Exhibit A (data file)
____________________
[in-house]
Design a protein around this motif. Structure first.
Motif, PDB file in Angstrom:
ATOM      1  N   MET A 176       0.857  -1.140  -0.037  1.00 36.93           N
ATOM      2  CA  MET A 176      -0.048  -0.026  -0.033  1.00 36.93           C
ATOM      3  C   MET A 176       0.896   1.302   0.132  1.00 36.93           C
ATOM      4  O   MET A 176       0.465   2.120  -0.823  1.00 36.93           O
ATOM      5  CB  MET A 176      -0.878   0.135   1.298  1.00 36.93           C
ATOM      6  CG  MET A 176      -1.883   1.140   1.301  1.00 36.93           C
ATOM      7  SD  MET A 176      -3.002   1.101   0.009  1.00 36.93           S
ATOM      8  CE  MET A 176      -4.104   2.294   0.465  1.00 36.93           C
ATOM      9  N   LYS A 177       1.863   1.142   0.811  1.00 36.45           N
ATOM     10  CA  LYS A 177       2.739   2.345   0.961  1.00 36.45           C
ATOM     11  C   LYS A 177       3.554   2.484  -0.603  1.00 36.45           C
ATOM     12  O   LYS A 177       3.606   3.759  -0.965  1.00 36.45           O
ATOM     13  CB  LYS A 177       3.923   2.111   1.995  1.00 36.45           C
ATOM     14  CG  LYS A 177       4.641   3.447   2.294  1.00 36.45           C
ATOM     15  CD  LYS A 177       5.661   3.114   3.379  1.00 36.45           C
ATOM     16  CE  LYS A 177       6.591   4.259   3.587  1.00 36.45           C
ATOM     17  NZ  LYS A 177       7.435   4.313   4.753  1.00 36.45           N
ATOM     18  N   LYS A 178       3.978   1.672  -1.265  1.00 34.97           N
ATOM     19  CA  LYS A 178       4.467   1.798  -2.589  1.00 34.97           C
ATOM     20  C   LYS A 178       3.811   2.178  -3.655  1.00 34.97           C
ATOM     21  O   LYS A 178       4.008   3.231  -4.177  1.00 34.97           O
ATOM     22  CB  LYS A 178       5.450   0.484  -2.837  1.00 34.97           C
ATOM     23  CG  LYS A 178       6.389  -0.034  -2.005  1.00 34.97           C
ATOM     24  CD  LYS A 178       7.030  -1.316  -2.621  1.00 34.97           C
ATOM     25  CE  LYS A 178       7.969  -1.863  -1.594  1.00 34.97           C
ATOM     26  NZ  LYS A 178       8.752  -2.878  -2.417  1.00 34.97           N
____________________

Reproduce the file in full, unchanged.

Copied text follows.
[in-house]
Design a protein around this motif. Structure first.
Motif, PDB file in Angstrom:
ATOM      1  N   MET A 176       0.857  -1.140  -0.037  1.00 36.93           N
ATOM      2  CA  MET A 176      -0.048  -0.026  -0.033  1.00 36.93           C
ATOM      3  C   MET A 176       0.896   1.302   0.132  1.00 36.93           C
ATOM      4  O   MET A 176       0.465   2.120  -0.823  1.00 36.93           O
ATOM      5  CB  MET A 176      -0.878   0.135   1.298  1.00 36.93           C
ATOM      6  CG  MET A 176      -1.883   1.140   1.301  1.00 36.93           C
ATOM      7  SD  MET A 176      -3.002   1.101   0.009  1.00 36.93           S
ATOM      8  CE  MET A 176      -4.104   2.294   0.465  1.00 36.93           C
ATOM      9  N   LYS A 177       1.863   1.142   0.811  1.00 36.45           N
ATOM     10  CA  LYS A 177       2.739   2.345   0.961  1.00 36.45           C
ATOM     11  C   LYS A 177       3.554   2.484  -0.603  1.00 36.45           C
ATOM     12  O   LYS A 177       3.606   3.759  -0.965  1.00 36.45           O
ATOM     13  CB  LYS A 177       3.923   2.111   1.995  1.00 36.45           C
ATOM     14  CG  LYS A 177       4.641   3.447   2.294  1.00 36.45           C
ATOM     15  CD  LYS A 177       5.661   3.114   3.379  1.00 36.45           C
ATOM     16  CE  LYS A 177       6.591   4.259   3.587  1.00 36.45           C
ATOM     17  NZ  LYS A 177       7.435   4.313   4.753  1.00 36.45           N
ATOM     18  N   LYS A 178       3.978   1.672  -1.265  1.00 34.97           N
ATOM     19  CA  LYS A 178       4.467   1.798  -2.589  1.00 34.97           C
ATOM     20  C   LYS A 178       3.811   2.178  -3.655  1.00 34.97           C
ATOM     21  O   LYS A 178       4.008   3.231  -4.177  1.00 34.97           O
ATOM     22  CB  LYS A 178       5.450   0.484  -2.837  1.00 34.97           C
ATOM     23  CG  LYS A 178       6.389  -0.034  -2.005  1.00 34.97           C
ATOM     24  CD  LYS A 178       7.030  -1.316  -2.621  1.00 34.97           C
ATOM     25  CE  LYS A 178       7.969  -1.863  -1.594  1.00 34.97           C
ATOM     26  NZ  LYS A 178       8.752  -2.878  -2.417  1.00 34.97           N